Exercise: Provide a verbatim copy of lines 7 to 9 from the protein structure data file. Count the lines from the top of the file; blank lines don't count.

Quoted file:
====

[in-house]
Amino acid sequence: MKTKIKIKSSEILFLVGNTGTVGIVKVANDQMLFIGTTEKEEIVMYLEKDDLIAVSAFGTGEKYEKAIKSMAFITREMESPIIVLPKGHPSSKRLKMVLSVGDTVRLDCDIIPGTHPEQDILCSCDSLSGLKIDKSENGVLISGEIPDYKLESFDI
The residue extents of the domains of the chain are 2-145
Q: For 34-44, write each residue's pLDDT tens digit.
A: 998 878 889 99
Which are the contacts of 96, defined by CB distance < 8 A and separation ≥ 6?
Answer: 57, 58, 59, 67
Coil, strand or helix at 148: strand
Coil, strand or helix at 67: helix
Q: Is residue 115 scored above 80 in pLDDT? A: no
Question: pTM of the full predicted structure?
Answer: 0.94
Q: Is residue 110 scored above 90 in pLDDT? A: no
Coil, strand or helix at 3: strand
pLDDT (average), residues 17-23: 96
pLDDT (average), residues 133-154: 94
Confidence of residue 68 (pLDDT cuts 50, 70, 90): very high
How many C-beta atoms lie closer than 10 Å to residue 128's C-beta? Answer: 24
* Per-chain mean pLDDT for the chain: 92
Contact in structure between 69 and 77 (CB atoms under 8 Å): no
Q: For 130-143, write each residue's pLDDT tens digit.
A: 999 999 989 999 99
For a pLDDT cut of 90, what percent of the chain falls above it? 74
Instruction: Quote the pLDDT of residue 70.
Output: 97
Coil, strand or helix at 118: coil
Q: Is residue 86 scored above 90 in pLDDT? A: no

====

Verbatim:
Answer: 57, 58, 59, 67
Coil, strand or helix at 148: strand
Coil, strand or helix at 67: helix